flying in the midst of heaven, having THE EVERLASTING GOSPEL to preach unto them that dwell on the earth, and to every nation, and kindred, and tongue, and people.” Here we see the appointed means of the conversion of the world. Luke, 10 : 1, 2. The scriptures are to be translated into all the languages of the peopled earth; missionaries are to go forth by thousands ; like candles unlighted, though distributed in a large house, the Jewish manuscripts of “ Moses and the Prophets ” (in every synagogue under heaven,) are to be touched and lighted with the torch of christianity, kindling a thousand central fires throughout the world, but shedding one sole light upon the darkness of its inhabitants. But I digress. (3) We see the duty of all who hear the gospelto believe it, to learn it, to love it, and practise it to the glory of God. (4) The sanctions of the preached gospel are at once ultimate and tremendous : they are salvation to the believer, damnation to the infidel; and no alternative! It contains no apology for harshness, no compromise, no ceremony, no respect of persons, no double dealing, no concealment. Let the world tremble-rather let the world obey! (5) There is nothing mystical, or even figurative, in all this high concern of truth and destiny. It is all intelligible. The meaning of every word is plain. It is marked with “truth and soberness." No enthusiasm, no weakness, no artifice, appears ; but the signals of mercy and majesty divine! How totally unlike Quakerism! My last remark is (6) that the gospel so propagated is ALONE recognised as the grand instrument of salvation. As it involves no uncertainty, WE KNOW that by this men may be saved ; for so says Jesus Christ. Can we KNOW as much of inward light ? “He that believeth and is baptized, shall be saved.” He that minds the inward light-stay! is that in the commission ? That instrument of God is a manifesto of duty to the world, as well as a charter of office to the ministry! Whatever we may guess, or “Friends believe” about the inward light, what divine certificate have we for any thing but faith in the simple gospel ?

All the history we have in the case shows that the apostles understood this commission just as we do. Their practice is a commentary which verbal criticism cannot corrupt, nor any thing but infatuation resist. The light within may clearly see somewhat different, since covetousness and sensuality see the same thing. But genuine piety listens to declarations such as these : “For the preaching of the cross is to them that perish, foolishness; but unto us who are saved, it is the power of God. For it is written, I will destroy the wisdom of the wise, and will bring to nothing the understanding of the prudent. Where is the wise? where is the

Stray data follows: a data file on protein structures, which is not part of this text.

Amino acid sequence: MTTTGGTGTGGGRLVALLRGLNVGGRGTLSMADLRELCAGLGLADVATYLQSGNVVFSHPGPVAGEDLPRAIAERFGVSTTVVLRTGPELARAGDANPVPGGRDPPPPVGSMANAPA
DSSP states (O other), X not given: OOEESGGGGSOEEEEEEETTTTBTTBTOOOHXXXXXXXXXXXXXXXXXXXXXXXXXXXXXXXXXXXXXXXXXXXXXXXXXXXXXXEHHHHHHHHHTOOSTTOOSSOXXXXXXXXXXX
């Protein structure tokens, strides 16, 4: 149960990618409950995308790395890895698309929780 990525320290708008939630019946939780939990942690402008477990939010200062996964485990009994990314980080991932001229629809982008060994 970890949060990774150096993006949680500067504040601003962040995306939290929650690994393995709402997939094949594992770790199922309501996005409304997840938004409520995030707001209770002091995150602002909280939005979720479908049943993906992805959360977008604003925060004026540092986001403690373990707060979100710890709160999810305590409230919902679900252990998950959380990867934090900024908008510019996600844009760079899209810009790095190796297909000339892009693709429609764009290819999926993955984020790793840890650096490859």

scribe ? where is the disputer of this world ? hath not God made foolish the wisdom of this world ? For after that in the wisdom of God the world by wisdom knew not God, it pleased God by the foolishness of preaching to save them that believe. For the Jews require a sign, and the Greeks seek after wisdom : but we preach Christ crucified, unto the Jews a stumbling-block, and unto the Greeks foolishness; but unto them which are called, both Jews and Greeks, Christ the power of God, and the wisdom of God." 1 Cor. 1: 18-24. Besides, we have a standing order for the recruiting of the ministry to the end of the world. 2 Tim. 2: 2.

I only ask any man of sense to tell me, in view of all this, what are we to think of the inward light? of that inspired sanctimony which denounces all this structure of God, as prosecuted “ in the will of the creature” and as a system of will worship and idolatry? “Wo unto them that call evil good, and good evil; that put darkness for light, and light for darkness; that put bitter for sweet, and sweet for bitter. Wo unto them that are wise in their own eyes, and prudent in their own sight.” Is. 5: 20, 21.

A correct view of the commission, work, importance, and ends, of the evangelical ministry, might revolution the mind of any Friend, in respect to the distinctness and dignity of the ministerial order: and he who reads the scripture with an eye critically awake to the subject, will see how the total scope of the book of God differs from the